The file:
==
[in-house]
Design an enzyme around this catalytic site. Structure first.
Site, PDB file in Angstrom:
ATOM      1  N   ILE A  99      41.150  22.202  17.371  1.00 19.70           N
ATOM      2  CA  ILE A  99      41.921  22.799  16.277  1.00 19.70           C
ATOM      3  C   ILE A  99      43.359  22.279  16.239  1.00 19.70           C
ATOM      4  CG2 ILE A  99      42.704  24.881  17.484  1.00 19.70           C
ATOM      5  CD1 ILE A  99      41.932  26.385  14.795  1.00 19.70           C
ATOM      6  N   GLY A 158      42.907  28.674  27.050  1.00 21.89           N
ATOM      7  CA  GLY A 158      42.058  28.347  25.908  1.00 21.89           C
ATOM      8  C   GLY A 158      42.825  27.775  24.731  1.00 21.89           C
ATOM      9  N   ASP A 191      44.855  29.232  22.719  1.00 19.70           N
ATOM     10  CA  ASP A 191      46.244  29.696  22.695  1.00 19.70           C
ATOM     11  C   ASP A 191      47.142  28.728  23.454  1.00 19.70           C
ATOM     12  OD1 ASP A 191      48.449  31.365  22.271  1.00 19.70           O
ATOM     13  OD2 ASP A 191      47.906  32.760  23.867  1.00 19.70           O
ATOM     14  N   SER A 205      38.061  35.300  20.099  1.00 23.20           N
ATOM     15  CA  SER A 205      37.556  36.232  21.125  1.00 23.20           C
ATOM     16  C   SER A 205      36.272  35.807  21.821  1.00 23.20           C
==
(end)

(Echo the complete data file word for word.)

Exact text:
[in-house]
Design an enzyme around this catalytic site. Structure first.
Site, PDB file in Angstrom:
ATOM      1  N   ILE A  99      41.150  22.202  17.371  1.00 19.70           N
ATOM      2  CA  ILE A  99      41.921  22.799  16.277  1.00 19.70           C
ATOM      3  C   ILE A  99      43.359  22.279  16.239  1.00 19.70           C
ATOM      4  CG2 ILE A  99      42.704  24.881  17.484  1.00 19.70           C
ATOM      5  CD1 ILE A  99      41.932  26.385  14.795  1.00 19.70           C
ATOM      6  N   GLY A 158      42.907  28.674  27.050  1.00 21.89           N
ATOM      7  CA  GLY A 158      42.058  28.347  25.908  1.00 21.89           C
ATOM      8  C   GLY A 158      42.825  27.775  24.731  1.00 21.89           C
ATOM      9  N   ASP A 191      44.855  29.232  22.719  1.00 19.70           N
ATOM     10  CA  ASP A 191      46.244  29.696  22.695  1.00 19.70           C
ATOM     11  C   ASP A 191      47.142  28.728  23.454  1.00 19.70           C
ATOM     12  OD1 ASP A 191      48.449  31.365  22.271  1.00 19.70           O
ATOM     13  OD2 ASP A 191      47.906  32.760  23.867  1.00 19.70           O
ATOM     14  N   SER A 205      38.061  35.300  20.099  1.00 23.20           N
ATOM     15  CA  SER A 205      37.556  36.232  21.125  1.00 23.20           C
ATOM     16  C   SER A 205      36.272  35.807  21.821  1.00 23.20           C